From the department of “Aw, sad panda” comes this element regarding Wolves forward Michael Beasley. Beasley had organized a charity event in Minnesota, billing it as the “All-Star Classic,” promoting it as including Kevin Durant and Kevin Love along with John Wall and No.2 overall Timberwolves pick Derrick Williams.
They didn’t show.
From the Minneapolis Star-Tribune:
Organizers originally priced tickets at between $60 and $300, then changed them to $40 general admission, $100 for VIP reserve and $300 for court seats when it became clear Durant, Love, Wall and No. 2 overall pick Derrick Williams wouldn’t play.
Net proceeds will go to St. Jude’s and three Twin Cities area charities.
Organizers estimated the audience at 1,200 fans, which might have been a bit generous. Those fans watched the six Wolves players, Golden State’s Wright, former WNBA player Tamara Moore and a smattering of summer-league players run and shoot until the Beasleys prevailed over the Visitors 179-170.
via Wolves storm the gym for charity, not salary | StarTribune.com.
You know what, though? Beasley can’t direct those kinds of things. He can’t make those guys play. And the Minnesota fans at least got to see most of the Wolves play. Granted, not Williams, Love, Williams or Rubio, four starters, but still. And it’s for charity. Any effort counts. So it would be easy to dig at Beasley for not being able to deliver, but he made the effort to put together a basketball game for charity.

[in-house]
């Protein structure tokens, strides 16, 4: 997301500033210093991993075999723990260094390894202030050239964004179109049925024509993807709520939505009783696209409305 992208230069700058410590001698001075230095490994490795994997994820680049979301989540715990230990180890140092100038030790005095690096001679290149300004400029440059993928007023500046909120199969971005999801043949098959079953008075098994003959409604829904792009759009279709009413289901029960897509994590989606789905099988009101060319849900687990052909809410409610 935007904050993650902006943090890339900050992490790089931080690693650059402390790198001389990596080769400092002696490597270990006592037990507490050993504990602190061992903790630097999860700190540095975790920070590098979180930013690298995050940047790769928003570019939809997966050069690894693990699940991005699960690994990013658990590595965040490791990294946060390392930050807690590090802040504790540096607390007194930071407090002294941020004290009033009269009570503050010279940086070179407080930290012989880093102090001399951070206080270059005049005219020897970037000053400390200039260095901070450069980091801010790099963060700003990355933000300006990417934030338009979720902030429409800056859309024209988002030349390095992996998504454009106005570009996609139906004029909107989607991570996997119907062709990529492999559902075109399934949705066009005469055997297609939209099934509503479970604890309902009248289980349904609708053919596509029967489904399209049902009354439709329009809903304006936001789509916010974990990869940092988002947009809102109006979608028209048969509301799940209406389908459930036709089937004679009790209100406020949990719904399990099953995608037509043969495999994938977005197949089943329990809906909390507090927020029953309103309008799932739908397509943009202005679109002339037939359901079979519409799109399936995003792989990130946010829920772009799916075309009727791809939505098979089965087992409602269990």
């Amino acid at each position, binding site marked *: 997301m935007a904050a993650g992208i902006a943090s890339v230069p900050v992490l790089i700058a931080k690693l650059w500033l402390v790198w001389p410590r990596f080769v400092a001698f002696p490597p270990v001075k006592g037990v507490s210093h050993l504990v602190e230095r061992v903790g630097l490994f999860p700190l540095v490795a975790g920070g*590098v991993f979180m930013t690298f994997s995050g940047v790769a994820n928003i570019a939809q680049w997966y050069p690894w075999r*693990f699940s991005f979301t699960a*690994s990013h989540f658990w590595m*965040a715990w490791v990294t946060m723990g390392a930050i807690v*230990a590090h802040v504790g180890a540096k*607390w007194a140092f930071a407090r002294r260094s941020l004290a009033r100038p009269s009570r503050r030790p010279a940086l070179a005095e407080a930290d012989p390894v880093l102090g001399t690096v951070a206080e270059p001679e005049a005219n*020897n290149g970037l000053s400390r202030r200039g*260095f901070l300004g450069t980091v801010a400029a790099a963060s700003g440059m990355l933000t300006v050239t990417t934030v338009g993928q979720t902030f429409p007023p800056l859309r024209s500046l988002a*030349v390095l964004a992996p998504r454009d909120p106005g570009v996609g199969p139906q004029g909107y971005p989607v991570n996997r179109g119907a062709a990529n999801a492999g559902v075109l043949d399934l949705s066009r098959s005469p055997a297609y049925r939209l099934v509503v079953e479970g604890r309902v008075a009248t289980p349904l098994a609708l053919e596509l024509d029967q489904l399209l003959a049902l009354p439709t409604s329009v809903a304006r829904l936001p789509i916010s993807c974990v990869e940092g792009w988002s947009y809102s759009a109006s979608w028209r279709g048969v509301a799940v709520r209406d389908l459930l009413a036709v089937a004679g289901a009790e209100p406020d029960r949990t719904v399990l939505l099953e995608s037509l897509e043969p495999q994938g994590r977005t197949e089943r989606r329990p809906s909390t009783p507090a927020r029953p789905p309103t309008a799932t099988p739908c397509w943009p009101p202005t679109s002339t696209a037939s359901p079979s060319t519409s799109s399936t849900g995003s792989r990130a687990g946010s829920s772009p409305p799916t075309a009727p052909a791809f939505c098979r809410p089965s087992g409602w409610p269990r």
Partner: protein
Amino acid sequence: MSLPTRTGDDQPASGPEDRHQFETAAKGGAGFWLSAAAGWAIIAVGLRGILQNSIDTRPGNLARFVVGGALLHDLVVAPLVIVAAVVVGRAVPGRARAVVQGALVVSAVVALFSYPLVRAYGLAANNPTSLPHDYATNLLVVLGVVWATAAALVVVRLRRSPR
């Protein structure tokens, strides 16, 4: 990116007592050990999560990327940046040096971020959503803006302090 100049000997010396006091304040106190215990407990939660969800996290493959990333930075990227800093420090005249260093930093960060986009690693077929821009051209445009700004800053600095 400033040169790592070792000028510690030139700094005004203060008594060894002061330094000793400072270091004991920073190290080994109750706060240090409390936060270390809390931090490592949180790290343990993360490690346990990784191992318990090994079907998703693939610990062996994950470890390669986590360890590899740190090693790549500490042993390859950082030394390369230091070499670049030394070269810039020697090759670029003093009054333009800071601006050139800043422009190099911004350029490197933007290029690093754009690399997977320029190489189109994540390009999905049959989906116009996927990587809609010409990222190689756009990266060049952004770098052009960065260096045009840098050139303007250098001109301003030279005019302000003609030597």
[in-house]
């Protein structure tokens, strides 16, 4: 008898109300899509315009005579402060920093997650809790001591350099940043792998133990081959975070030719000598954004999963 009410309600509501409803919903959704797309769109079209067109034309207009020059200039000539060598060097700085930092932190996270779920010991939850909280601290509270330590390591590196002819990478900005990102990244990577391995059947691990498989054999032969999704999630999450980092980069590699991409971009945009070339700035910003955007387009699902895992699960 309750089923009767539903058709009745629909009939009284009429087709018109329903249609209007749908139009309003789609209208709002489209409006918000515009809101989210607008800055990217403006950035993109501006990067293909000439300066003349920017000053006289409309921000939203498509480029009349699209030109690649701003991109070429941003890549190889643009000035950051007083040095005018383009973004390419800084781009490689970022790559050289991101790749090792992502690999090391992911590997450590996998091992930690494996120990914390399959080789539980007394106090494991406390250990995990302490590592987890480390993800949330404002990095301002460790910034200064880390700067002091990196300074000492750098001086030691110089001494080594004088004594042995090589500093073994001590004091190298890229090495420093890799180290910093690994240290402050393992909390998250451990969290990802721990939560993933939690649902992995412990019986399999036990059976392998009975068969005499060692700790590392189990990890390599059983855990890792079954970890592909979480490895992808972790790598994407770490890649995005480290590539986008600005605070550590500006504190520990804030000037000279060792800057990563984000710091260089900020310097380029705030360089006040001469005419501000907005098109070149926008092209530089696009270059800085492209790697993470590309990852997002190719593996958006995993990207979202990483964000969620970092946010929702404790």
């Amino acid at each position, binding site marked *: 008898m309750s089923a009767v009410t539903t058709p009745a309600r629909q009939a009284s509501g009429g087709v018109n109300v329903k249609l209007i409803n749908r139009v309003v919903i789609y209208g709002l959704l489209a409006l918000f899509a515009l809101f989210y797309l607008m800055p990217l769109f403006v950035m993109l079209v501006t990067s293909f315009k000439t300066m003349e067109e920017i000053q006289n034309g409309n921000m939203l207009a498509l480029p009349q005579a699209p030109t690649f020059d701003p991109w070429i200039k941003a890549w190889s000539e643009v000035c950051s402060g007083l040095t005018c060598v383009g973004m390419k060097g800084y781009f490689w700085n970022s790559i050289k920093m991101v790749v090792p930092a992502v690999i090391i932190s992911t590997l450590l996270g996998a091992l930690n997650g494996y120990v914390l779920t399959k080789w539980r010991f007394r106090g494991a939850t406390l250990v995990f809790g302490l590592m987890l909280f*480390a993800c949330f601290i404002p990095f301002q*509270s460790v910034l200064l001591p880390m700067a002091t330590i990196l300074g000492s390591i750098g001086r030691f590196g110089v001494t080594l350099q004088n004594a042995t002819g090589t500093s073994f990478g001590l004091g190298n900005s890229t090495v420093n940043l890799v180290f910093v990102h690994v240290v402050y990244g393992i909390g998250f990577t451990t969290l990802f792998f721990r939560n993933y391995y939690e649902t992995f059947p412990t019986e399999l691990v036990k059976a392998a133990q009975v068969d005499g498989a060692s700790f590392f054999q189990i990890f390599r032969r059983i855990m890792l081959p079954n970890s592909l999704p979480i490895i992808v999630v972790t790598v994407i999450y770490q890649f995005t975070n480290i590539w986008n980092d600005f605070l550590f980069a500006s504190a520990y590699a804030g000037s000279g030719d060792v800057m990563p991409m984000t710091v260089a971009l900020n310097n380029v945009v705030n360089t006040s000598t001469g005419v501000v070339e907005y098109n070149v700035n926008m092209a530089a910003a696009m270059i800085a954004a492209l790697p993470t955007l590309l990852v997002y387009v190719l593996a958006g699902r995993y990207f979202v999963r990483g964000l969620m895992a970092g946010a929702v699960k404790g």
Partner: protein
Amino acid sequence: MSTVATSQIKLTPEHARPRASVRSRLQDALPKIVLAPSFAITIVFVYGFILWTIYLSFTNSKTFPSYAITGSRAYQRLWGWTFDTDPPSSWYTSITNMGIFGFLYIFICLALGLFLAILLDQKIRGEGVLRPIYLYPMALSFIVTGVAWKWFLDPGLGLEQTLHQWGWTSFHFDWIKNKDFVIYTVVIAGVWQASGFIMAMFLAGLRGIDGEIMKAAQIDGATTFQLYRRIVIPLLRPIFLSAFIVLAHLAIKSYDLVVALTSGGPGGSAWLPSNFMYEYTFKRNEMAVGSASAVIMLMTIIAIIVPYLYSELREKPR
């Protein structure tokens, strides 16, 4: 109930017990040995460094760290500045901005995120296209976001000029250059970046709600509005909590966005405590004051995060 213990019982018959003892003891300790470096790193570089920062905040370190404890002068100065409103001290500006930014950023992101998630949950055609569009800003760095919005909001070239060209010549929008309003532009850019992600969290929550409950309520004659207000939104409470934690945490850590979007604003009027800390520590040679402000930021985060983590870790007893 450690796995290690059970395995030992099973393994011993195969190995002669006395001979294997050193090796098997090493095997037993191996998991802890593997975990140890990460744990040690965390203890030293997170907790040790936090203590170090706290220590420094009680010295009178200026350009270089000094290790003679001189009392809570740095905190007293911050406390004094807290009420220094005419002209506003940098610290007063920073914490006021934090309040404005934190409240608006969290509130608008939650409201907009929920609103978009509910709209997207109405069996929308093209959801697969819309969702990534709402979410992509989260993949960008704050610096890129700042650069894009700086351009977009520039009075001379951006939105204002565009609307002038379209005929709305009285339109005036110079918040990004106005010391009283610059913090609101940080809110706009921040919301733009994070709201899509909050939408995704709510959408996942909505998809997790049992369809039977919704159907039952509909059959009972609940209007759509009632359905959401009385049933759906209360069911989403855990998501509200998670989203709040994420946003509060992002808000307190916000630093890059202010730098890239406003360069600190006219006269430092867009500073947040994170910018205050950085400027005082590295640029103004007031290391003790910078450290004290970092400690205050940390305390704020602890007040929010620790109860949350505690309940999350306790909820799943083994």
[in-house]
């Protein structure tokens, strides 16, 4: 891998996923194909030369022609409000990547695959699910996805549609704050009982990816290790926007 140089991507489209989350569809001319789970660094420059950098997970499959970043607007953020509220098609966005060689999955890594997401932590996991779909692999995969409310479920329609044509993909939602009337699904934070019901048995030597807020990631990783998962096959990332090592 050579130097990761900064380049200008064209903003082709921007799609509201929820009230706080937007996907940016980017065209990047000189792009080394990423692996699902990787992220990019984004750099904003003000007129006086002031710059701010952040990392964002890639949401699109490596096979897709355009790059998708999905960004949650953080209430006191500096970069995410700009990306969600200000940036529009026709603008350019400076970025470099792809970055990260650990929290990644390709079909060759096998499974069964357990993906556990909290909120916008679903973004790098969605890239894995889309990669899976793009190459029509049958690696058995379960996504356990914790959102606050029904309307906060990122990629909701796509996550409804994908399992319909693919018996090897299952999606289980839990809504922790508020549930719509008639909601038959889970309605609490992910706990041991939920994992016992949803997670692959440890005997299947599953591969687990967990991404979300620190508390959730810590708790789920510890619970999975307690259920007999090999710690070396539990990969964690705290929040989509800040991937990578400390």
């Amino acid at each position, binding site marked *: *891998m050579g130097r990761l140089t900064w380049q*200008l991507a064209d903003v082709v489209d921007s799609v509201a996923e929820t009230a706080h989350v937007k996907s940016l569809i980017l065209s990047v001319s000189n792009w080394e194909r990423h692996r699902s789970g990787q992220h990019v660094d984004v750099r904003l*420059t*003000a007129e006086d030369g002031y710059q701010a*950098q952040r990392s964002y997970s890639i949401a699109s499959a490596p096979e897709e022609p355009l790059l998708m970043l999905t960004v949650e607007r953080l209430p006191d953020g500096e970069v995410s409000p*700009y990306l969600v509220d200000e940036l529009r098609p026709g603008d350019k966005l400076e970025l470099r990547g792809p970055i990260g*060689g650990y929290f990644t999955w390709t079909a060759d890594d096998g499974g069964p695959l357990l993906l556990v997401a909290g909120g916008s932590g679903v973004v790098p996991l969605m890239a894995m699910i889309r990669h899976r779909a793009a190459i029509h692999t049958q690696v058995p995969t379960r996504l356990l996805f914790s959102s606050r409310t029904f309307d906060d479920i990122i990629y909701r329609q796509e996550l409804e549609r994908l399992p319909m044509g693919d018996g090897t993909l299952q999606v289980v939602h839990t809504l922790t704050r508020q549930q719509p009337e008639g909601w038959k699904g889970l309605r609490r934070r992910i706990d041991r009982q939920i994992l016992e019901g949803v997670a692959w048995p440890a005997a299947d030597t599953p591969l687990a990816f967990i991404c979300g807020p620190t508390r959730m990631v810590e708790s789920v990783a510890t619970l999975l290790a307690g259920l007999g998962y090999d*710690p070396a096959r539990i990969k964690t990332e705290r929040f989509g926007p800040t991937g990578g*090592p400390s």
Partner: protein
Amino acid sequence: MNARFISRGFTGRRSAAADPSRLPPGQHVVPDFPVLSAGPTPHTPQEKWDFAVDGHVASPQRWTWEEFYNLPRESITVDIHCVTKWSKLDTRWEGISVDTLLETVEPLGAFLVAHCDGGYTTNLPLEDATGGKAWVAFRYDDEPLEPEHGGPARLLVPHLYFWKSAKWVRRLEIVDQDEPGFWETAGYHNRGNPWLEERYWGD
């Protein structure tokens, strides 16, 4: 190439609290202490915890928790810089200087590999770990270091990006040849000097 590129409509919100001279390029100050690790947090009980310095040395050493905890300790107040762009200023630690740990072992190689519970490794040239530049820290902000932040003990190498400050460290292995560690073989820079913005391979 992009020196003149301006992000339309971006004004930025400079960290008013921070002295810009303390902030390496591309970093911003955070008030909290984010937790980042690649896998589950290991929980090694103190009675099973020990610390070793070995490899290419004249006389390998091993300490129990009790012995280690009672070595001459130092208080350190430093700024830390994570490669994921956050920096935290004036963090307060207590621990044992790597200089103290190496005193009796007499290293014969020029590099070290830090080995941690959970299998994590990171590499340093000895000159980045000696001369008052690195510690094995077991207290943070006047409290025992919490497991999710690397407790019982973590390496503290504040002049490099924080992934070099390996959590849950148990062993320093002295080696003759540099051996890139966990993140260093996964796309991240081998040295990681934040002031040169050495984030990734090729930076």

That’s more than a lot of people do.
Kinda funny, though.
Sometimes – as Kristaps Porzingis sees against Dwight Howard – it’s more flattering just to play James Harden-level defense.
This was not Marc Gasol‘s first attempt to head in the ball after a whistle, but this time, he converted.
Here was his January try:
As Rockets general manager Daryl Morey once noted, cherry-picking James Harden‘s worst defensive plays to create a video is unfair. Many players would look awful by that measure.
But Harden provides serious ammo for these worst-of videos.
This non-attempt to stop Lance Thomas is just brutal.
At least Houston buckled down to beat the Knicks, 116-111 in overtime. The Rockets have climbed to 26th in points allowed per possession.
So, Kobe Bryant‘s NBA career is officially going to come to an end after the 2015-16 season. That part he announced on Sunday.
What’s still up in the air is Bryant’s participation in one last Olympics. Bryant has been in consideration to make Team USA this summer at the games in Rio de Janeiro, and USA Basketball chairman Jerry Colangelo tells ESPN.com’s Marc Stein that he hasn’t ruled that out yet:
Kobe was asked about this at his post-game press conference Sunday and said it was not a goal, but if it was offered he’d consider it.
“I’d be honored if that was there, it would be fantastic to be around that group and spend kind of the last journey with them,” Bryant said. “That being said, it’s not something that I’m obsessing over.”
‘When Bryant made it known that he wanted to play in Rio, he made it clear to Colangelo and Team USA coach Mike Krzyzewski that he wanted to earn a spot, not be given one as a lifetime achievement award. Watching him so far this season, it’s almost impossible to imagine him making the roster on merit.
But nobody should begrudge him if he wanted to extend the farewell tour just a little bit longer.